So fundamentally, as I’ve said before, this form of “ecstatic” prophecy in which Campbell engages would not appear to be genuinely “ecstatic” in the sense that it would not appear to be beyond the “prophet’s” control. She seems she prophesied from what she knew, sensed, deduced, and hoped. Not from what God said, at least not directly, and not in that moment. So how is that in any way way an ecstatic form of prophecy… other than a manufactured ecstasy? Of this type of prophet — i.e., those that get it wrong, Deuteronomy says not to fear them, they’re just false prophets who simply got it wrong. No biggie. End of story. Well, maybe it’s a biggie if it involves internationally known and recognized revivalists, prophets and apostles sitting on self-convened and organizing apostolic and prophetic councils and oversight committees. The Deuteronomist somehow omits to say anything directly to that particular situation. I’ve written before about how I don’t see this “ecstatic” form of prophecy as valid or one that should be pursued in any way, but if you don’t want to believe me and decide to go after it anyway, the teaching DVD is available (from Hero Resources Inc., no less). I have to say I really am curious how she manages to illustrate how ecstatic prophesy has been used “all throughout history.” The point of “ecstatic” prophecy is that it tends to imply that things are not in the control of the prophet, which wrongly places the words beyond judgment in a kind of echo of the “touch not the Lord’s annointed” error. Not that it’s said, but I think it’s clear: if it was ecstatic prophecy, I’m not responsible for what I just said. Unfortunately, as Stacey Campbell’s statement implies (unintentionally or not), this is not the case at all, which makes the antics appear to be just some kind of stage presence. As I said, where it appears in the Bible, it is used to humble (or humiliate) someone who is in prideful sin and not heeding God’s word. Go ahead and chase after that if you want, but I think I’ll hang my hat someplace else.

Let me say now should someone be thinking or waving a finger at their computer monitor and saying, “Yeah, but she does good work with orphans, and–” Yes. Pause. I understand that Wes and Stacey have a ministry in this area, and if you ask me, these kinds of ministries Stealing Fire bring credit, fame, and glory to God’s name. The kind of shenanigans carried off in the name of the revival-chasing prophetic do not. One is fairly clearly others-centered, and one has thus far been exhibited with a big-stage me-first, bless-you-with-what’s-left if it’s big-enough-to-go-around mentality, where the stars of the stage get most of the glory. I imagine the cover art to Bruce Cockburn’s “Stealing Fire” album and think of “Stealing Glory.” You’re gonna get burned, baby.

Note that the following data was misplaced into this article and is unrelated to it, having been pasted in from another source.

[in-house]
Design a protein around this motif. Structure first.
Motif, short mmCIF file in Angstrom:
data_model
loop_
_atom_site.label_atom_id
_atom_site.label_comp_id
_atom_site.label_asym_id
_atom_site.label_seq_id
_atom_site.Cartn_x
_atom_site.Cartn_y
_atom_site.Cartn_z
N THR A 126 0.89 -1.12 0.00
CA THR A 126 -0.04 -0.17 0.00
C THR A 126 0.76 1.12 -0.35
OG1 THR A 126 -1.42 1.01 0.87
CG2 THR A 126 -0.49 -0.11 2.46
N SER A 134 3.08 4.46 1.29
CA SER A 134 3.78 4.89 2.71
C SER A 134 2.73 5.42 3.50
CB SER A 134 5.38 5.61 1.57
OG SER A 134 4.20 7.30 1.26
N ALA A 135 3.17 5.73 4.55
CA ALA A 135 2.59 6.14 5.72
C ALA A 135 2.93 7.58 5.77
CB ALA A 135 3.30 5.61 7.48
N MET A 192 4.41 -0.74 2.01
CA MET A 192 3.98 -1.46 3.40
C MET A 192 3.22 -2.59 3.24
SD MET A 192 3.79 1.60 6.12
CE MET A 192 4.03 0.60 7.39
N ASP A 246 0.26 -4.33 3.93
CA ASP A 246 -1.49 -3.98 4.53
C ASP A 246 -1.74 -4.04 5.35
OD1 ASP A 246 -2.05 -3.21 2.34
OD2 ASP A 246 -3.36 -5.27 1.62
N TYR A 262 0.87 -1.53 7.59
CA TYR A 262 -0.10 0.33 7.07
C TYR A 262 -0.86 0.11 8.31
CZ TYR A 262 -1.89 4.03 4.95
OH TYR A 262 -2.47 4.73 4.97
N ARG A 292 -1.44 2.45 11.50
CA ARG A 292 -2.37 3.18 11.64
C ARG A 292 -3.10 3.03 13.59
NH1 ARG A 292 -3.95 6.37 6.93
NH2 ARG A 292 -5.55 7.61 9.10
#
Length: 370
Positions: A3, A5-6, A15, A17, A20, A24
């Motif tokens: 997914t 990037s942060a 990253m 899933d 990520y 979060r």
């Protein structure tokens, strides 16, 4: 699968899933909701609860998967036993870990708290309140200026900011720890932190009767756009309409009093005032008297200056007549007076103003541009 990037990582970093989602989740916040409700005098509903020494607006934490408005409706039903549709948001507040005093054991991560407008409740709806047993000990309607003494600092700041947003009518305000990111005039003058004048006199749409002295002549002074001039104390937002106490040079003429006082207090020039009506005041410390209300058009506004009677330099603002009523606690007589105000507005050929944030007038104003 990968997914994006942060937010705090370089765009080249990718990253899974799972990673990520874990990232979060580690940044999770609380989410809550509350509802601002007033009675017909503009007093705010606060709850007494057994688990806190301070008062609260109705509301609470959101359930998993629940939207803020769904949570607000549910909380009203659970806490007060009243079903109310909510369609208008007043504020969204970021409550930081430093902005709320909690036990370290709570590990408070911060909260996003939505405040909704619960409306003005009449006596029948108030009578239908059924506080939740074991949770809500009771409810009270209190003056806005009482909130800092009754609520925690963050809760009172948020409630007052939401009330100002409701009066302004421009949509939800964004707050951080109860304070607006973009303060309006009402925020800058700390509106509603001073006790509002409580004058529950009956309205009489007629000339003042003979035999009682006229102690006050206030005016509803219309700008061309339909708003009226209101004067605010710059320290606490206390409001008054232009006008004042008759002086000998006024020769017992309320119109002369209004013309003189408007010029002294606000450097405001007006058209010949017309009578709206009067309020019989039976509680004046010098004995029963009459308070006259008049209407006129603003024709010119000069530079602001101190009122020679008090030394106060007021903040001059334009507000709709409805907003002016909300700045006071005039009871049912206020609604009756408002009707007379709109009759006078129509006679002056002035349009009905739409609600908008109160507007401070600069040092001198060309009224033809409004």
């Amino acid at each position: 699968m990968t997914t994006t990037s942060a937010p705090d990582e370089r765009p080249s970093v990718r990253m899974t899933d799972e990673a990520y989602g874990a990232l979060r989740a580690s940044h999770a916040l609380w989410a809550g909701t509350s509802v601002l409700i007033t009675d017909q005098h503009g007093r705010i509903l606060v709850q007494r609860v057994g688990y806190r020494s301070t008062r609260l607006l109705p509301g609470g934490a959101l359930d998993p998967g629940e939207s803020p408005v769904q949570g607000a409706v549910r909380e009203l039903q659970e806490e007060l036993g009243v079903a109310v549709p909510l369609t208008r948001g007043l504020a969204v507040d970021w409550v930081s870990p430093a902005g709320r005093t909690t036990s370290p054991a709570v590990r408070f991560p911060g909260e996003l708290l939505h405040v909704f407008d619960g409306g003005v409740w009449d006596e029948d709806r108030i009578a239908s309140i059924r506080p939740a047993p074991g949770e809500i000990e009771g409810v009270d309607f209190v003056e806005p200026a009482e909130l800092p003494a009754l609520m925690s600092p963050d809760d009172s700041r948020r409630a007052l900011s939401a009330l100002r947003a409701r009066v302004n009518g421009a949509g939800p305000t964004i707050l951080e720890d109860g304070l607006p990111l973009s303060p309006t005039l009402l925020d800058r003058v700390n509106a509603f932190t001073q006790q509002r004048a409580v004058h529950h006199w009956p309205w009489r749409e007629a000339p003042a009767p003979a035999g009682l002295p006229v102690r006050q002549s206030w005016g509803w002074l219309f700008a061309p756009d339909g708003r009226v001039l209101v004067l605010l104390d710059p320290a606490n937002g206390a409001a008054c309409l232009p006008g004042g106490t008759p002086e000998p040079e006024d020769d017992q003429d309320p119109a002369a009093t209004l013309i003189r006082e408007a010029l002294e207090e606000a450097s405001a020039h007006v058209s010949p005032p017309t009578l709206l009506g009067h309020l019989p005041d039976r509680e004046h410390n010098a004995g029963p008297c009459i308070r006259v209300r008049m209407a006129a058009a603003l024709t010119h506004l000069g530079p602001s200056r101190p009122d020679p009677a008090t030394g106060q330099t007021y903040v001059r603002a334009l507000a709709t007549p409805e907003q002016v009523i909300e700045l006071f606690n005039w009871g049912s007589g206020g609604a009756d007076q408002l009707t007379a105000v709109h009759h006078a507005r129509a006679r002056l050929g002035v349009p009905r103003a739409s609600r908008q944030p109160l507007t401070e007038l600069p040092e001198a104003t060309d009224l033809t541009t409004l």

I guess I found it galling that in the midst of Campbell’s statement, she neglects to mention that she was wrong and apologize for that. In my own experience of the prophetic ministry at my CLB, I recall an occasion where someone gave a personal word publicly, but the person to whom it was given denied its accuracy. An apology was made publicly, though the fact of the matter is that everyone close to the recipient of the word believed it to be true and accurate. Didn’t matter: in order to avoid confusing anyone and not to assert oneself over another with a “thus saith the Lord” attitude, the prophet in this case apologized and moved on. canadianpropheticcouncil.jpg This is a fact of ministry… sometimes you have to take the lumps, even if you get it right. If you get it wrong, of course, this should be much more axiomatic than it would appear to be.

Now I know some of the people involved in this prophetic ministry, and I used to be one of them. I used to run with some of the Manitoba leaders in Stacey & Co.’s Canadian Prophetic Council. I continue to believe in the prophetic gift, but I desperately want to see it used to bring credit to God’s name, not discredit, honour rather than dishonour, fame rather than infamy, and to bring glory to him rather than to the prophet. It’s high-time for the prophetic ministry to be re-imagined in a glory-shunning everyday manner, just as those who would be apostles need to return to the end of the procession where Paul said their place is. Yes, that’s right — it’s simply another call to humility. Which reminds me, in March of 1999 a number of churches in Winnipeg sponsored a “School of Prophetic Ministry”. There were six general sessions over three days, and on the Saturday morning (I know this because I just dug out my notes) I addressed the assembled group of prophetic characters on “The Importance of Good Character” to the prophetic ministry. After a bit of an overview of key character traits and spiritual disciplines for helping to develop some of these, I presented humility as the foundation for all. Conversely, I said that of the “Seven Deadly Sins,” pride was the “granddaddy,” and I discussed how it is a gateway to many other forms of sin. In fact, I might say almost every other form of sin.

These days, I’m more happy to be post-charismatic than ever. Stacey, you got it wrong. Now own up to it. Anything less perpetuates the confusion for which you are apologizing. Or justifying your words, whichever.